Soft skin patch could provide early warning for strokes, heart attacks

UC San Diego engineers developed a soft, stretchy ultrasound patch that can be worn on the skin to monitor blood flow through vessels deep inside the body. Such a device can make it easier to detect cardiovascular problems, like blockages in the arteries that could lead to strokes or heart attacks.

Calling all couch potatoes: this finger wrap can let you power electronics while you sleep

A new wearable device turns the touch of a finger into a source of power for small electronics and sensors. Engineers at the University of California San Diego developed a thin, flexible strip that can be worn on a fingertip and generate small amounts of electricity when a person’s finger sweats or presses on it. What’s special about this sweat-fueled device is that it generates power even while the wearer is asleep or sitting still.

Weakness is strength for this low-temperature battery

Nanoengineers at the University of California San Diego have discovered new fundamental insights for developing lithium metal batteries that perform well at ultra-low temperatures; mainly, that the weaker the electrolyte holds on to lithium ions, the better. By using such a weakly binding electrolyte, the researchers developed a lithium metal battery that can be repeatedly recharged at temperatures as low as -60 degrees Celsius—a first in the field.

New skin patch brings us closer to wearable, all-in-one health monitor

Engineers at the University of California San Diego have developed a soft, stretchy skin patch that can be worn on the neck to continuously track blood pressure and heart rate while measuring the wearer’s levels of glucose as well as lactate, alcohol or caffeine. This one patch performs as well as commercial monitoring devices such as a blood pressure cuff, blood lactate meter, glucometer and breathalyzer.

A flexible screen-printed rechargeable battery with up to 10 times more power than state of the art

A team of researchers has developed a flexible, rechargeable silver oxide-zinc battery with a five to 10 times greater areal energy density than state of the art. The battery also is easier to manufacture; while most flexible batteries need to be manufactured in sterile conditions, under vacuum, this one can be screen printed in normal lab conditions. The device can be used in flexible, stretchable electronics for wearables as well as soft robotics.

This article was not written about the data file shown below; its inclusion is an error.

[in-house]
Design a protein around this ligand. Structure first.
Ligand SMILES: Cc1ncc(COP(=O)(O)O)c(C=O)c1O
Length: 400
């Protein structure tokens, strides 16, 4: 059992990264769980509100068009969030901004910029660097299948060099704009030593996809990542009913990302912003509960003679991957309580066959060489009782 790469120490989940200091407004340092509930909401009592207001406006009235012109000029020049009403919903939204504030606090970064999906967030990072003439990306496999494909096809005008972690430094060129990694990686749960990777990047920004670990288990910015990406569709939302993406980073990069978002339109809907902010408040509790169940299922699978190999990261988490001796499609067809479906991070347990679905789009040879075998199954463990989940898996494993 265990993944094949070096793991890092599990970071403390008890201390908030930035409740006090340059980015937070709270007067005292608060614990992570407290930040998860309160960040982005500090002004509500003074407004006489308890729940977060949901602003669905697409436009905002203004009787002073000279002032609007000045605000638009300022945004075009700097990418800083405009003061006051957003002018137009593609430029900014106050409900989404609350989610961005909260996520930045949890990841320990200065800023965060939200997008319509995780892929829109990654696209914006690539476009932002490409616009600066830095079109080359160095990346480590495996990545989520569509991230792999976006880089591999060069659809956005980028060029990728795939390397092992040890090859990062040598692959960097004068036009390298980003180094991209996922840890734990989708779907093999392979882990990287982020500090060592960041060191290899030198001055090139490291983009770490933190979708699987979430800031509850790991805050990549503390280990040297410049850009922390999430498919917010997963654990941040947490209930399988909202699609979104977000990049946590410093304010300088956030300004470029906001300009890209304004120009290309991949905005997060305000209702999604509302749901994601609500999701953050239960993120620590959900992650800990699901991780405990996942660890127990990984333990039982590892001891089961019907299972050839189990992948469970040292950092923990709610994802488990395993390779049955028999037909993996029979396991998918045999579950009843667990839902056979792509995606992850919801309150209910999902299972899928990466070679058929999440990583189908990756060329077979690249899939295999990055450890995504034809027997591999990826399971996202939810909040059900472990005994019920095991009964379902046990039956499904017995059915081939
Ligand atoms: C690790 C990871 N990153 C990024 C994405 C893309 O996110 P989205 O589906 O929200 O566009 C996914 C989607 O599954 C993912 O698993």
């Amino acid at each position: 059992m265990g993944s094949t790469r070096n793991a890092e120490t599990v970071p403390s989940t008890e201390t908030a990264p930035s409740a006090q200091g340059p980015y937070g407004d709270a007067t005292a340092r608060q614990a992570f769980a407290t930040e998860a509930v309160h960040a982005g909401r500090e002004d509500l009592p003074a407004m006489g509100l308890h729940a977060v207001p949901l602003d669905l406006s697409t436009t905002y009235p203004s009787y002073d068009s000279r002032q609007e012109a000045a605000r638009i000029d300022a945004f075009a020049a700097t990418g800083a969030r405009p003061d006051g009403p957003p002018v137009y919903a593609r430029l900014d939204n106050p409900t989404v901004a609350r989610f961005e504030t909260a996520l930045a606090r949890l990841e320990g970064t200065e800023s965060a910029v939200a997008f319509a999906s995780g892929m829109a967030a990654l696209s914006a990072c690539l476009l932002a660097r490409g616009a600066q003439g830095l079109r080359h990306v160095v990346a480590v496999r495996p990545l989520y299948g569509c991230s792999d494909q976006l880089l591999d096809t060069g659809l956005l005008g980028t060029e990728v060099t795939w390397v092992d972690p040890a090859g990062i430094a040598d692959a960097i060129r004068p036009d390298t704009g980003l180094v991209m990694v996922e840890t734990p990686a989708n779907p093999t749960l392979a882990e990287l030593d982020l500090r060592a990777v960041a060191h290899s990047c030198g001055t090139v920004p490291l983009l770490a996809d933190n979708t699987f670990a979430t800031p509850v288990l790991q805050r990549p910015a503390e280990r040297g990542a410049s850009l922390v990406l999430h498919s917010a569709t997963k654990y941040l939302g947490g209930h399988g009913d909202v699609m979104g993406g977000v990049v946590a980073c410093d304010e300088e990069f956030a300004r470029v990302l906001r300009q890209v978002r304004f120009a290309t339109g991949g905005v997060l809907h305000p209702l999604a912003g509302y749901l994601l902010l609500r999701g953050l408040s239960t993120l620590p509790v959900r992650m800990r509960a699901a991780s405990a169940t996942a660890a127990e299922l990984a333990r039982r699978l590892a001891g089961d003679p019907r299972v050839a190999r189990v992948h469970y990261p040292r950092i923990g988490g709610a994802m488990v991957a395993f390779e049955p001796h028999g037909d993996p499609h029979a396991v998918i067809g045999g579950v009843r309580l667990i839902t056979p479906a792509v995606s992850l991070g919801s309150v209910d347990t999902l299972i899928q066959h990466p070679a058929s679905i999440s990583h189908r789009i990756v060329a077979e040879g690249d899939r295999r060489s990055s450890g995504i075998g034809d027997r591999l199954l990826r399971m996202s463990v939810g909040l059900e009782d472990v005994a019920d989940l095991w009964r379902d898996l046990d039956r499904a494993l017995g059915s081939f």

Virus-like probes could help make rapid COVID-19 testing more accurate, reliable

Nanoengineers at the University of California San Diego have developed new and improved probes, known as positive controls, that could make it easier to validate rapid, point-of-care diagnostic tests for COVID-19 across the globe. The advance could help expand testing to low-resource, underserved areas.

Environmentally friendly method could lower costs to recycle lithium-ion batteries

A new process for restoring spent cathodes to mint condition could make it more economical to recycle lithium-ion batteries. The process, developed by nanoengineers at the University of California San Diego, is more environmentally friendly than today’s methods; it uses greener ingredients, consumes 80 to 90% less energy, and emits about 75% less greenhouse gases.

A Nanomaterial Path Forward for COVID-19 Vaccine Development

From mRNA vaccines entering clinical trials, to peptide-based vaccines and using molecular farming to scale vaccine production, the COVID-19 pandemic is pushing new and emerging nanotechnologies into the frontlines and the headlines.
Nanoengineers at UC San Diego detail the current approaches to COVID-19 vaccine development, and highlight how nanotechnology has enabled these advances, in a review article in Nature Nanotechnology published July 15.

Machine learning technique speeds up crystal structure determination

A computer-based method could make it less labor-intensive to determine the crystal structures of various materials and molecules, including alloys, proteins and pharmaceuticals. The method uses a machine learning algorithm, similar to the type used in facial recognition and self-driving cars, to independently analyze electron diffraction patterns, and do so with at least 95% accuracy.